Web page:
Clinic Wins Case Before Missouri Supreme Court
A 76-year-old victim of domestic violence will be released from prison thanks to the tireless efforts of Professor Jane Aiken and the Civil Justice Clinic. After Aiken and third-year law student Olivia Bradbury successfully argued a habeas petition, the Missouri Supreme Court has ordered that the Missouri Board of Probation and Parole set conditions of parole for the clinic's client.
The oldest female inmate in Missouri, Shirley Lute has been incarcerated for 29 years for her role in the murder of her abusive husband. The clinic initially was successful in helping Lute obtain a commutation from Governor Holden, but she then was denied parole.
Aiken and Bradbury, who served as second chair, argued that “the parole board grossly exceeded its authority, when it ignored the governor’s intent and instead of weighing the merits of Shirley Lute’s exit plan, focused on the commission of the original crime,” Aiken said.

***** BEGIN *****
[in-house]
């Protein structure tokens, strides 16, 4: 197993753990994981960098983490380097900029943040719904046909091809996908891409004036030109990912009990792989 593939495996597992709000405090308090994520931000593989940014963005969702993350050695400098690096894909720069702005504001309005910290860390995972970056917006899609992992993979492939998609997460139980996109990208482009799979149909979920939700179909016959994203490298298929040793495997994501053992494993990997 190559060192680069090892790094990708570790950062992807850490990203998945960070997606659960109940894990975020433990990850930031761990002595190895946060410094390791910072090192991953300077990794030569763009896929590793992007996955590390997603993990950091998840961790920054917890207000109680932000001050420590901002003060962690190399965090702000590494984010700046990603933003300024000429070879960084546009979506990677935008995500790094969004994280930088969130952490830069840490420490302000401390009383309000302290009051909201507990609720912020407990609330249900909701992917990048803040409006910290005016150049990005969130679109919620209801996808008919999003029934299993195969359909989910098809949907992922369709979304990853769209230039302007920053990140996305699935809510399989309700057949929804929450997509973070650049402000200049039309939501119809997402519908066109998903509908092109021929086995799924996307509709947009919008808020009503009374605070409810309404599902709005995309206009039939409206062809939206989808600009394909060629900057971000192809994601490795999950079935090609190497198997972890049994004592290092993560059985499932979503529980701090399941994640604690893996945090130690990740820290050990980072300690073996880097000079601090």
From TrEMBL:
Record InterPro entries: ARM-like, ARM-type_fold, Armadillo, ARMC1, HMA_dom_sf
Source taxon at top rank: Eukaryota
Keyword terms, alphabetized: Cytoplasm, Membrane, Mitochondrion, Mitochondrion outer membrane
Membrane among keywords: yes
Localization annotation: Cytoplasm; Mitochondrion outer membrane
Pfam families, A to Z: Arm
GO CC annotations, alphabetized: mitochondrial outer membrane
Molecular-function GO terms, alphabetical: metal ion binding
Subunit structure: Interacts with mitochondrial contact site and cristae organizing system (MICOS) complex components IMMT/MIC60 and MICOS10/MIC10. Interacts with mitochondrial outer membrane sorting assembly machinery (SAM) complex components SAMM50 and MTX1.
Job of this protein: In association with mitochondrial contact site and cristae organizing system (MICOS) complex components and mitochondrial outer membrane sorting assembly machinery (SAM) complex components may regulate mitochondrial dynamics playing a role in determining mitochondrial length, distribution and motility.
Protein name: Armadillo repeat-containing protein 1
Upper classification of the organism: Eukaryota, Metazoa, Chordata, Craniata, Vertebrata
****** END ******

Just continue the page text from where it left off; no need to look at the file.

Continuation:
Aiken, the William M. Van Cleve Professor of Law and clinic director, said the Supreme Courts’ April 17 ruling is gratifying. “We are thrilled that our client will finally receive the justice she deserves. It has been a long time coming, but we are relieved that the Court has followed Governor Holden’s intent. Ms. Lute has been a model prisoner and has more than served enough time to satisfy the state’s interests in retribution, public safety, punishment, and deterrence. This is an important victory for victims of domestic violence.”
Bradbury added: "It has been an amazing experience to be involved in this case and to work so closely with Professor Aiken. It is a tremendous feeling that, as part of my law school education, I was able to help bring justice to Shirley Lute. I eagerly await the day she walks out of prison."
In addition to Aiken and Bradbury, other students and faculty in the Civil Justice Clinic, clinic attorney Stephen Ryals, and the Missouri Battered Women’s Clemency Coalition have worked on the case for more than seven years.